Factors that Affect a Pickup's Tone - Part 3

Staggered On staggered-pole pickups like the one above, some of the pole pieces stick out slightly, with different poles having different variations on the amount of stagger. Flat-pole pickups have the poles all laid flat, usually with no stagger beyond their plastic encasing.

Over the last couple of weeks, we’ve been discussing factors that play a role in determining a pickup’s tone. In Part 1, we touched on coil size and thickness as well as how pairing two pickups with wires wound in opposing directions can be used to cancel out hum. In Part 2, we looked at high out-put, hot pickups along with magnets and the tone they deliver. Today, we’re taking a look at staggered-pole versus flat-pole pickups and pickup height as they relate to tone. Make sure you check out Part 1 and Part 2 if you haven’t done so already.


Staggered-Pole and Flat-Pole Pickups

Guitar manufacturers such as Fender usually ship their guitars with staggered-pole pickups, citing their tone balance and ease of use as a recommendation for most guitarists. The problem often cited with these types of pickups is differences in volume for each individual string, creating smeared and muddy tones caused by the inconsistency in volume, although some do enjoy the effect. Although this may sound like an unreliable setup, staggered-pole pickups rarely overpower the amp since certain strings such as the high E or the lower two strings are underutilized, resulting in a consistent and balanced overall sound (although the G string does tend to be heard above the rest) and work better out of the box for newer guitarists.

Flat-pole pickups on the other hand do retain string volume balance. No hidden high E string sound or muddled low notes, which might create problems for inexperienced players not aware of their inherent nature or knowing how to compensate through other means such as amps and effects. The first thing most people notice when changing from staggered-pole pickups to flat-pole pickups is an increase in bass tone since there is no longer a need to compensate for weak lower strings. This gives the entire sound a much deeper presence, which is why bass guitars are usually shipped with flat-pole pickups.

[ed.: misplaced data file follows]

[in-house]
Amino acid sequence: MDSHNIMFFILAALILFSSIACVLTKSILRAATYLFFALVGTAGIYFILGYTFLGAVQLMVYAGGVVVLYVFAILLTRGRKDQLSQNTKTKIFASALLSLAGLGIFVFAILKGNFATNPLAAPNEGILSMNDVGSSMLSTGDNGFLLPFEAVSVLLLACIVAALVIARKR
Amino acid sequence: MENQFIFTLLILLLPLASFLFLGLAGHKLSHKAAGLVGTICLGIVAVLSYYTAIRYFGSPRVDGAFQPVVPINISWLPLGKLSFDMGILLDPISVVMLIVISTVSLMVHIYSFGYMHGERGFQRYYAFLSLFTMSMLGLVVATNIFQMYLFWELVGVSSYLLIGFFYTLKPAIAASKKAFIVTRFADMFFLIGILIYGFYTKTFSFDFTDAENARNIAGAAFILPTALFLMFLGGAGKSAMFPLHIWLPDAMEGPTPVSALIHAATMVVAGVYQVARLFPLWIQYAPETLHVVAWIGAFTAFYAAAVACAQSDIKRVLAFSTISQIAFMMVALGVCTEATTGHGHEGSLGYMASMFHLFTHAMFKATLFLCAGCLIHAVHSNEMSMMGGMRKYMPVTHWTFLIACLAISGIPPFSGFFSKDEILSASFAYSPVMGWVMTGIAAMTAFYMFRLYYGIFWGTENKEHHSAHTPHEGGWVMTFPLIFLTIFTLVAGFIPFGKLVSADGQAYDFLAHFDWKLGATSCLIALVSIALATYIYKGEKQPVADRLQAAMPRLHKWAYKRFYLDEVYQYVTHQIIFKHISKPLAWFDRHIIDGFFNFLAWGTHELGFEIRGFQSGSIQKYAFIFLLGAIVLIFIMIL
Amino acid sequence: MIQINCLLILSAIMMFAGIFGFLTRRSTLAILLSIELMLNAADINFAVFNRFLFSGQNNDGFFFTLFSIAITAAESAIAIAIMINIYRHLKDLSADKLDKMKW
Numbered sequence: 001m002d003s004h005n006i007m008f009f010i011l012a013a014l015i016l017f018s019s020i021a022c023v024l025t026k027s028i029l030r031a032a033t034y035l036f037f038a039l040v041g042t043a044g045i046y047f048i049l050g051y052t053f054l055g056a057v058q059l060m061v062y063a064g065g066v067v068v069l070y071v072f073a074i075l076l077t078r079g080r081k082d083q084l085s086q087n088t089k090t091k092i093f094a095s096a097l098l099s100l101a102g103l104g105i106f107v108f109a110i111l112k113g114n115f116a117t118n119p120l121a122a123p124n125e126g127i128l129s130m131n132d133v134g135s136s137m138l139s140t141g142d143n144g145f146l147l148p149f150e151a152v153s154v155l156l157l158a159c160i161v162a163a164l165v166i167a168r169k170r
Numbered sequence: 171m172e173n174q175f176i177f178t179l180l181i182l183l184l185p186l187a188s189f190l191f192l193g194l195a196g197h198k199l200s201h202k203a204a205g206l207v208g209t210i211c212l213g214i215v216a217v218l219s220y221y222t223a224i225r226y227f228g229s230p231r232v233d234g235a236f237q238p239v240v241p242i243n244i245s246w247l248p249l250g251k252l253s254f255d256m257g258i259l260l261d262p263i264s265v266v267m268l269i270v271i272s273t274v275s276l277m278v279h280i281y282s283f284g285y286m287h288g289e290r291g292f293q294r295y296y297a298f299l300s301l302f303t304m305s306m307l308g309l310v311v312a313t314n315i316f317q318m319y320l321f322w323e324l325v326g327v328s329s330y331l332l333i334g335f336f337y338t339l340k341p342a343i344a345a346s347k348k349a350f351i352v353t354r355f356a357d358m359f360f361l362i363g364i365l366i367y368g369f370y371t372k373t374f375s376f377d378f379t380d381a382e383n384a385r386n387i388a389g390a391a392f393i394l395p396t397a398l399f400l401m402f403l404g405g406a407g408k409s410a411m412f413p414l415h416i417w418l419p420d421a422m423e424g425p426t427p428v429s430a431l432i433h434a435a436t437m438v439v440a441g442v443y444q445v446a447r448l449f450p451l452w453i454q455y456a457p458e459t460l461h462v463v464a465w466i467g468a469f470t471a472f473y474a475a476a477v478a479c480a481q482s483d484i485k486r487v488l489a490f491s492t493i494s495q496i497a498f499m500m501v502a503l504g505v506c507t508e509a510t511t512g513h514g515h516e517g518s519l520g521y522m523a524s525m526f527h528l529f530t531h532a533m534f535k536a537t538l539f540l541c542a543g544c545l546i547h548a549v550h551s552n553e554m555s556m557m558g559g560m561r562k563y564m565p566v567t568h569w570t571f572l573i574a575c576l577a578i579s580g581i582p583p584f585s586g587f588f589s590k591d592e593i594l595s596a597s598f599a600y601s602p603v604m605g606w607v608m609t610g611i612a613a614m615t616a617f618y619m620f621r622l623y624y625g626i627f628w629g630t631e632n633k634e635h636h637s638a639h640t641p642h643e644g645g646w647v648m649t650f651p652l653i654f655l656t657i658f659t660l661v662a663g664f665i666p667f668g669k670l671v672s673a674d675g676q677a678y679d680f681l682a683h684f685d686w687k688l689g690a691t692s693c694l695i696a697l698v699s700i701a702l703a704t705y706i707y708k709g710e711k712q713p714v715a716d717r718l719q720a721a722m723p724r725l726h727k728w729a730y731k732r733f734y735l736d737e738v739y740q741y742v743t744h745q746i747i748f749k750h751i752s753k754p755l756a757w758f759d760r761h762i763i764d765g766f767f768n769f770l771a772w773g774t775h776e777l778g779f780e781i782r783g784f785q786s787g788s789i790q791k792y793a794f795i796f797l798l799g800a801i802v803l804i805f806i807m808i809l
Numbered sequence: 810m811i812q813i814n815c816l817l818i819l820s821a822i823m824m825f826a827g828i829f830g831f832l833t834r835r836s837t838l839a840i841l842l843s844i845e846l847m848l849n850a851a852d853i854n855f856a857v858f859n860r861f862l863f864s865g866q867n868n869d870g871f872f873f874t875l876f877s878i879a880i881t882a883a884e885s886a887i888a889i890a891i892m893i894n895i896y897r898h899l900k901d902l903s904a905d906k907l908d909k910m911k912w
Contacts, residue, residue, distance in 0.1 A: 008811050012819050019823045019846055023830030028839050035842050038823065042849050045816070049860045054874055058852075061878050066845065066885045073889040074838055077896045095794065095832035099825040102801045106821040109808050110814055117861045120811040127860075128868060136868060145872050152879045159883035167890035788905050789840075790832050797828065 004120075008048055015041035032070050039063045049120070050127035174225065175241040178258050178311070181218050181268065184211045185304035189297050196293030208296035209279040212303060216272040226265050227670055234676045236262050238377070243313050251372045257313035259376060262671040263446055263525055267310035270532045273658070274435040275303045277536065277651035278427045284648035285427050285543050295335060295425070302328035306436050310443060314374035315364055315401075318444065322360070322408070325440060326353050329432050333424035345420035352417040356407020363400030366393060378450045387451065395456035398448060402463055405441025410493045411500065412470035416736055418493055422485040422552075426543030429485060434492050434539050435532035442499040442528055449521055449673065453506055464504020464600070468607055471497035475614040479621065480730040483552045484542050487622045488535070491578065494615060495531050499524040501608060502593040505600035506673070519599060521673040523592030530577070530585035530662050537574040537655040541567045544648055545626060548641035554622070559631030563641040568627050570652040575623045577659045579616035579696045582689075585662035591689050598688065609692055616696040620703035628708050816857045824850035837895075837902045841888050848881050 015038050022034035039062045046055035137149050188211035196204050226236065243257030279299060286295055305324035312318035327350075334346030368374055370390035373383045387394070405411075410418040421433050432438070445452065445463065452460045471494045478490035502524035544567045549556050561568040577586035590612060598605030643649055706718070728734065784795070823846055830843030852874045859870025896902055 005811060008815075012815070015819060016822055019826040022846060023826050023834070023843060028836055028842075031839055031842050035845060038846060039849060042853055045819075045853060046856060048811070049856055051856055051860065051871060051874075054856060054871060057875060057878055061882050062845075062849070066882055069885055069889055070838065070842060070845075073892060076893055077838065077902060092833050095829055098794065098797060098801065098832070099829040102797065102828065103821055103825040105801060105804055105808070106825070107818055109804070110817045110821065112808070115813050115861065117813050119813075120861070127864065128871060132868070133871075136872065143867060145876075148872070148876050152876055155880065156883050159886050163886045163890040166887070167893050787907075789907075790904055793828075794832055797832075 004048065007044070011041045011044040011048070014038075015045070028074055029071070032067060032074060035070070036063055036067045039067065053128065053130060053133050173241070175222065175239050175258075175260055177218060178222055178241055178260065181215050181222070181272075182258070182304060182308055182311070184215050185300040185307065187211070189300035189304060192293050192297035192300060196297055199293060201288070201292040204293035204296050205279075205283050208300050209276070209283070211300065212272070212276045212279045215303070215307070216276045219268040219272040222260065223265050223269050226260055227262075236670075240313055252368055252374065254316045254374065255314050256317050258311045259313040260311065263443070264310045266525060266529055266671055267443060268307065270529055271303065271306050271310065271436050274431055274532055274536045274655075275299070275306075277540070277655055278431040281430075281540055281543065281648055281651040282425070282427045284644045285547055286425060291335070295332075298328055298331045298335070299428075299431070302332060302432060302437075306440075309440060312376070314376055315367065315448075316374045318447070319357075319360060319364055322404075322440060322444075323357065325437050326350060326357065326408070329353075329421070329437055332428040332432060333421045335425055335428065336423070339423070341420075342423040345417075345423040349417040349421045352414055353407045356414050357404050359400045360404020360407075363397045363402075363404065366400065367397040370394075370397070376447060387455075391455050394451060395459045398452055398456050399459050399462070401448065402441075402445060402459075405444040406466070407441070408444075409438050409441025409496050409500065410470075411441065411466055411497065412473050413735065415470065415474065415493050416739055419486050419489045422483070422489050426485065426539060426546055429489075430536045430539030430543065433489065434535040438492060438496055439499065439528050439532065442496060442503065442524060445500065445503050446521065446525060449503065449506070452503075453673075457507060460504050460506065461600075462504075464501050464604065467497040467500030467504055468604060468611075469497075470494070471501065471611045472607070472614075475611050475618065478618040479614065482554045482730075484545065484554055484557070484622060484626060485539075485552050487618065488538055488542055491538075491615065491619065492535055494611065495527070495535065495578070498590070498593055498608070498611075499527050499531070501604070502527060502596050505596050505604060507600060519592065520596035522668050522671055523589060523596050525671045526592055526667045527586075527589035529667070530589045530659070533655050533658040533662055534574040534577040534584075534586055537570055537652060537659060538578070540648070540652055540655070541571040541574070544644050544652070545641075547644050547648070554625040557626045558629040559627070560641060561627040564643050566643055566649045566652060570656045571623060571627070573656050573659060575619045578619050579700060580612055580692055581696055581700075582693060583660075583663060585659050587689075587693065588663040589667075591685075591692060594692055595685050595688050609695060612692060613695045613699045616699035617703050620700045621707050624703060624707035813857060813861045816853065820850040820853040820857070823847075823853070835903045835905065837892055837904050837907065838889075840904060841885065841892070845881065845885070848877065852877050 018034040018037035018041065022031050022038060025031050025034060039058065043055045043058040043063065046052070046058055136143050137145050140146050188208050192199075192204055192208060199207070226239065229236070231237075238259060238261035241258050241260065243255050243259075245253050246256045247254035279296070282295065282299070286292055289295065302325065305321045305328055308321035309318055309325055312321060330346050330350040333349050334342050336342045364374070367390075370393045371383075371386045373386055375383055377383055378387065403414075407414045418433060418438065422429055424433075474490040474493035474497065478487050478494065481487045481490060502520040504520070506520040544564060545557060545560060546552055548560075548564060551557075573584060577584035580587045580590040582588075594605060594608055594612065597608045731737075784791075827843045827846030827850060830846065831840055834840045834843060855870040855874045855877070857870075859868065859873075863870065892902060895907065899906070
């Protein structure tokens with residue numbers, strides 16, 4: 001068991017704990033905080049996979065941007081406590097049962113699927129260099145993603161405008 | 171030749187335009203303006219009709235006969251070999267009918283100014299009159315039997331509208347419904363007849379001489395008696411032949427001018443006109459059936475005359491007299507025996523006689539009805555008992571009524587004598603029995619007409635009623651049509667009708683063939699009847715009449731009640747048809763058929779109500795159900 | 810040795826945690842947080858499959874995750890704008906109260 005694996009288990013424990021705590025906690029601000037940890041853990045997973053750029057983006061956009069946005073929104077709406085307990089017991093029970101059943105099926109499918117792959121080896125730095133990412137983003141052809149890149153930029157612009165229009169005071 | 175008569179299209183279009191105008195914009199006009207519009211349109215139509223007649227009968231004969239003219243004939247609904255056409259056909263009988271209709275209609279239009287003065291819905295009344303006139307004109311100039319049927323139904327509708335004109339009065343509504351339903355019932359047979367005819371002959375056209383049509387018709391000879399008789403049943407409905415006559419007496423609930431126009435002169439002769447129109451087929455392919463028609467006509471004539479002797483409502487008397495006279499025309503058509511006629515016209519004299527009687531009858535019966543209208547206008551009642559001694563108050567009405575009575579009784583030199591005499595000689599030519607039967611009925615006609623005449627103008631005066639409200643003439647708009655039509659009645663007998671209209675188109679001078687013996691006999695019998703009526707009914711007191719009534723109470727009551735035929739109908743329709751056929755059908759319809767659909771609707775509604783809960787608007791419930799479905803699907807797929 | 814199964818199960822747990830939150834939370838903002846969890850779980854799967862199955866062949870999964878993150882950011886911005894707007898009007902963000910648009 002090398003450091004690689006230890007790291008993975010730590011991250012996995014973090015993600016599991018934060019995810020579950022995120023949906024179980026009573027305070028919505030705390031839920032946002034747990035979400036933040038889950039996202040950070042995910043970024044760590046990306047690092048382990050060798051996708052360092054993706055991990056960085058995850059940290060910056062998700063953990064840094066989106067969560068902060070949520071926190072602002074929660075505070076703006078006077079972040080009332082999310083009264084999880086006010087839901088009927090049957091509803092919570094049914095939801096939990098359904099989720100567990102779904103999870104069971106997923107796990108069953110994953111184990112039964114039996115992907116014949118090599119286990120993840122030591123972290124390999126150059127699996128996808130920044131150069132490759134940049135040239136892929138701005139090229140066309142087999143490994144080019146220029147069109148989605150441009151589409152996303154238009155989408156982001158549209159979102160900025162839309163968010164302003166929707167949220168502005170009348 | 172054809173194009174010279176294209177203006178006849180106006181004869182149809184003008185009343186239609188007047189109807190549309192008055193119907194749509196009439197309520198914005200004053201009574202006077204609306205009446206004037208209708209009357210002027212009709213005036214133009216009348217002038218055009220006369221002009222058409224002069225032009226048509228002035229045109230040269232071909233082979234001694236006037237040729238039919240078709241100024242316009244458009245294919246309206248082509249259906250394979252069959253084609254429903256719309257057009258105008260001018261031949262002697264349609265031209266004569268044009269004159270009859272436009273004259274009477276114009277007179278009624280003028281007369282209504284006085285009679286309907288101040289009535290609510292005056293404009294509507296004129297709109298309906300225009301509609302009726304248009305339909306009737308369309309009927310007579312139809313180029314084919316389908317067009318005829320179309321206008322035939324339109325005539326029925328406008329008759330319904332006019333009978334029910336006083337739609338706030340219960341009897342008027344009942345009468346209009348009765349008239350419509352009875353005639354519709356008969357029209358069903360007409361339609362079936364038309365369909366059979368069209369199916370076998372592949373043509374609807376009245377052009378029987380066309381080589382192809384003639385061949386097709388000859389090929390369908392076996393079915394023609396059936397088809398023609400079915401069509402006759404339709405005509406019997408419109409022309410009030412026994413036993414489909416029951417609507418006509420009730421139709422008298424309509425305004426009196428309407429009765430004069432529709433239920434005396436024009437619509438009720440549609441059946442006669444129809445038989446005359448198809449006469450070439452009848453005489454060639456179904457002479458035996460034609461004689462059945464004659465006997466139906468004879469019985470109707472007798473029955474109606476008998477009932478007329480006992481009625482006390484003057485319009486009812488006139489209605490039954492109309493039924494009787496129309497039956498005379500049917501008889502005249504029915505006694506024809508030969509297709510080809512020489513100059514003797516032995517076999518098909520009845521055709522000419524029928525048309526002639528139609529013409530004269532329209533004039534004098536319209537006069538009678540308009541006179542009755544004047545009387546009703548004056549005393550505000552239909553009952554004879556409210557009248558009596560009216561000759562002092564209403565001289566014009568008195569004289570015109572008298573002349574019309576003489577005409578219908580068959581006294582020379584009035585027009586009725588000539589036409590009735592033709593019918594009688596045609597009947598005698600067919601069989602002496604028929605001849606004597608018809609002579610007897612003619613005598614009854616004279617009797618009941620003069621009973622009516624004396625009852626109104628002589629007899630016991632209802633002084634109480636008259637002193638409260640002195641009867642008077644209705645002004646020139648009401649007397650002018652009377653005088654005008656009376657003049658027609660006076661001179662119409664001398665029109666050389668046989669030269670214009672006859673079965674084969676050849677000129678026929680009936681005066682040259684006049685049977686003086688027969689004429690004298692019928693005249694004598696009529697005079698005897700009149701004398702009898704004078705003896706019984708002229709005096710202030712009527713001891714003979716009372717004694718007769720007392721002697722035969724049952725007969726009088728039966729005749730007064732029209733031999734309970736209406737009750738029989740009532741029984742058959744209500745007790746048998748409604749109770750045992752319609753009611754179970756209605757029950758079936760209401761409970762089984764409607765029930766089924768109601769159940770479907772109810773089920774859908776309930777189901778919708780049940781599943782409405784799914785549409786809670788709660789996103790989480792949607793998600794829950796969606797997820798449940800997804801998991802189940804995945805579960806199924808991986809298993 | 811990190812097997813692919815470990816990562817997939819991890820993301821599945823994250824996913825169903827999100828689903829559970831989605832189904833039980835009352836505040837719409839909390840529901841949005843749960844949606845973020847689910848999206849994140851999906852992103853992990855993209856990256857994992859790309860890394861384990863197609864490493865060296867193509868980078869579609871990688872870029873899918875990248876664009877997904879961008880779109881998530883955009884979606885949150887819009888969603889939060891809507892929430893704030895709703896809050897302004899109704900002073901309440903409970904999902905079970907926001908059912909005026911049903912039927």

Depending on what type of music you generally play, either choice might be right for you. Staggered-pole pickups, although possessing unbalanced string dynamics, offer tone familiar to most and require much less setup to achieve a good overall sound. Most rock styles benefit from this setup, such as classic rock or country. If metal is more your style, you can take advantage of the superior resonance and balance of a flat-pole pickup. Deeper, fuller low notes will not only give that dropped D setup a much welcomed boost, but the more vibrant and piercing high E string will definitely help those solos stand out.


Pickup Height

height A ruler is an invaluable tool in order to precisely measure and record your height setup.

Although pickup height does have a lot to do with personal preference, there are certain specifications for each instrument’s optimal tone which is usually found in the owner’s manual or the manufacturer’s website. But with that said, by tweaking things up a bit, you may find a height that better fits your tonal preferences. Still, using the manufacturer’s factory settings is always a great starting point if you’re looking to make changes to your pickup height.

Adjusting a pickup’s height is as easy and straightforward as you’d expect – use an appropriate screwdriver on the height screws on either side of a pickup to lift or drop its height. It’s also a really good idea to have a ruler with that can measure in 1/32” increments (or even 1/64”) to make it much easier to accurately record different height preferences.

You generally don’t want your pickups too far or too close to the strings. Too far and you’ll end up with a sterile and weak, thin sound. Too close will give you an excessive, boomy sound that is not only unpleasant but may yield undesired noise. Beyond that, there’s really not much more to it than getting a screwdriver and experimenting around with height setups until you find that certain sweet spot that sounds best to you.



As long as you're pleased with your guitar's tone, there's no need change a thing when it comes to your pickups or anything else for that matter. But if you're getting a little tired of that same old sound, feel like tweaking things up a bit or simply feeling adventurous, finding that perfect pickup setup is a great place to start! Need help finding a pair that best suits your style? We're here to help! Shoot us a message at info@proaudioland.com or chat with one of our pros by using the Chat With Us feature located on the lower left hand corner. In the meantime, you can browse our huge selection of pickups at the best prices around!

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